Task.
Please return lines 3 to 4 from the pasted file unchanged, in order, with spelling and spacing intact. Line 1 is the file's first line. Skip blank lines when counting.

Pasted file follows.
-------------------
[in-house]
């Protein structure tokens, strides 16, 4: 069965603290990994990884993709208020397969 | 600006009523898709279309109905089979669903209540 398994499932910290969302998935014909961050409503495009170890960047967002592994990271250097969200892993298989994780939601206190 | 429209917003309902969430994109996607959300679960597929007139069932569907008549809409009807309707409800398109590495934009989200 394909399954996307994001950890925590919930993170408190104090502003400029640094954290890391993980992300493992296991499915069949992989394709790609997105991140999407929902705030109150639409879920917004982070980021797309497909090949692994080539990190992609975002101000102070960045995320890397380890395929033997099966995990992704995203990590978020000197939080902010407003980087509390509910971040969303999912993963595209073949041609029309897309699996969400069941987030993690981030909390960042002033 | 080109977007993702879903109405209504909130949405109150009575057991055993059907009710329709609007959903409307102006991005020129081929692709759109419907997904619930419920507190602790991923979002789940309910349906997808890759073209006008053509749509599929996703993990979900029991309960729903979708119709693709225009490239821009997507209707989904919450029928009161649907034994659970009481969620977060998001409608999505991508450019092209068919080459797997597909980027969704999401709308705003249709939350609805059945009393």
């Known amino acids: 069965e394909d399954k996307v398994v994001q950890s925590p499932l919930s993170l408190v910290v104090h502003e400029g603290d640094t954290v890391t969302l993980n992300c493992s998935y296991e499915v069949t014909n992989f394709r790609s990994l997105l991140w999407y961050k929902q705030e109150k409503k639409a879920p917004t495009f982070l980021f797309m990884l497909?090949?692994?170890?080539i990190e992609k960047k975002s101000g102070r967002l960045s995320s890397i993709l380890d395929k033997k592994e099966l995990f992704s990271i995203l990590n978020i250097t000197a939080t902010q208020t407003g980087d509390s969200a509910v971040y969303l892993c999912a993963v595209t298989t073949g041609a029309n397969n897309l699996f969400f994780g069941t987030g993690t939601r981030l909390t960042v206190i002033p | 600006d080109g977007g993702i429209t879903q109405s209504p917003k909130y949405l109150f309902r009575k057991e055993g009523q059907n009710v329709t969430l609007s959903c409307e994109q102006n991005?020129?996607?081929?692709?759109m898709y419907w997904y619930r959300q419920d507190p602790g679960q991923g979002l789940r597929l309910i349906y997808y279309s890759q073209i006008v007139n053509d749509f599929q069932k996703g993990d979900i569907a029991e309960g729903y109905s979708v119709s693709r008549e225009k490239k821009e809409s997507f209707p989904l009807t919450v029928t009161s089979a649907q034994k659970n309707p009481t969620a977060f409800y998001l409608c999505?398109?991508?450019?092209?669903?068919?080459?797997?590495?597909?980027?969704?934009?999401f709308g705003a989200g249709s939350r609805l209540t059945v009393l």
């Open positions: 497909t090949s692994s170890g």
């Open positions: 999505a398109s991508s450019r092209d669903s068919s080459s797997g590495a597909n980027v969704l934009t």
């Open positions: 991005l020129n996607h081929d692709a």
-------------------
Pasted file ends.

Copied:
């Known amino acids: 069965e394909d399954k996307v398994v994001q950890s925590p499932l919930s993170l408190v910290v104090h502003e400029g603290d640094t954290v890391t969302l993980n992300c493992s998935y296991e499915v069949t014909n992989f394709r790609s990994l997105l991140w999407y961050k929902q705030e109150k409503k639409a879920p917004t495009f982070l980021f797309m990884l497909?090949?692994?170890?080539i990190e992609k960047k975002s101000g102070r967002l960045s995320s890397i993709l380890d395929k033997k592994e099966l995990f992704s990271i995203l990590n978020i250097t000197a939080t902010q208020t407003g980087d509390s969200a509910v971040y969303l892993c999912a993963v595209t298989t073949g041609a029309n397969n897309l699996f969400f994780g069941t987030g993690t939601r981030l909390t960042v206190i002033p | 600006d080109g977007g993702i429209t879903q109405s209504p917003k909130y949405l109150f309902r009575k057991e055993g009523q059907n009710v329709t969430l609007s959903c409307e994109q102006n991005?020129?996607?081929?692709?759109m898709y419907w997904y619930r959300q419920d507190p602790g679960q991923g979002l789940r597929l309910i349906y997808y279309s890759q073209i006008v007139n053509d749509f599929q069932k996703g993990d979900i569907a029991e309960g729903y109905s979708v119709s693709r008549e225009k490239k821009e809409s997507f209707p989904l009807t919450v029928t009161s089979a649907q034994k659970n309707p009481t969620a977060f409800y998001l409608c999505?398109?991508?450019?092209?669903?068919?080459?797997?590495?597909?980027?969704?934009?999401f709308g705003a989200g249709s939350r609805l209540t059945v009393l």
């Open positions: 497909t090949s692994s170890g």